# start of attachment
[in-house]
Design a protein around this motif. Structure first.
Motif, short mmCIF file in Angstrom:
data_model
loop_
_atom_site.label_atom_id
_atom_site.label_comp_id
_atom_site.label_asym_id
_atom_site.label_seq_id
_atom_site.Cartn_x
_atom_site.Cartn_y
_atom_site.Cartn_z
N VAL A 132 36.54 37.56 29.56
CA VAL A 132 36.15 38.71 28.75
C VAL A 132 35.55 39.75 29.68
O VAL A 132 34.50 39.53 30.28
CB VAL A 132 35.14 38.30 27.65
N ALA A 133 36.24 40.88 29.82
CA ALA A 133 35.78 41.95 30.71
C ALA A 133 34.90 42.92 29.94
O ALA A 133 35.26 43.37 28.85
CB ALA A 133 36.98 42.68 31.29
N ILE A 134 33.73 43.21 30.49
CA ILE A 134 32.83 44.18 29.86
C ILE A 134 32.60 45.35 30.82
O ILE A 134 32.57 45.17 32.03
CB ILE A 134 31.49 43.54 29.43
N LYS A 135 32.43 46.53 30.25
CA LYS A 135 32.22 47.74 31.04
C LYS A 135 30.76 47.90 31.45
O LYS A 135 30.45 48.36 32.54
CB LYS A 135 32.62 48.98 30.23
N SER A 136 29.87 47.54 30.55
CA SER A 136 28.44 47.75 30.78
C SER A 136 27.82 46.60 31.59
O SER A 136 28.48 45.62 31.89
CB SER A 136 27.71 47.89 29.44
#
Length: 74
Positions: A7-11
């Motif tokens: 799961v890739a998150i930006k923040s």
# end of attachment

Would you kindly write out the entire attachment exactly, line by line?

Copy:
[in-house]
Design a protein around this motif. Structure first.
Motif, short mmCIF file in Angstrom:
data_model
loop_
_atom_site.label_atom_id
_atom_site.label_comp_id
_atom_site.label_asym_id
_atom_site.label_seq_id
_atom_site.Cartn_x
_atom_site.Cartn_y
_atom_site.Cartn_z
N VAL A 132 36.54 37.56 29.56
CA VAL A 132 36.15 38.71 28.75
C VAL A 132 35.55 39.75 29.68
O VAL A 132 34.50 39.53 30.28
CB VAL A 132 35.14 38.30 27.65
N ALA A 133 36.24 40.88 29.82
CA ALA A 133 35.78 41.95 30.71
C ALA A 133 34.90 42.92 29.94
O ALA A 133 35.26 43.37 28.85
CB ALA A 133 36.98 42.68 31.29
N ILE A 134 33.73 43.21 30.49
CA ILE A 134 32.83 44.18 29.86
C ILE A 134 32.60 45.35 30.82
O ILE A 134 32.57 45.17 32.03
CB ILE A 134 31.49 43.54 29.43
N LYS A 135 32.43 46.53 30.25
CA LYS A 135 32.22 47.74 31.04
C LYS A 135 30.76 47.90 31.45
O LYS A 135 30.45 48.36 32.54
CB LYS A 135 32.62 48.98 30.23
N SER A 136 29.87 47.54 30.55
CA SER A 136 28.44 47.75 30.78
C SER A 136 27.82 46.60 31.59
O SER A 136 28.48 45.62 31.89
CB SER A 136 27.71 47.89 29.44
#
Length: 74
Positions: A7-11
């Motif tokens: 799961v890739a998150i930006k923040s």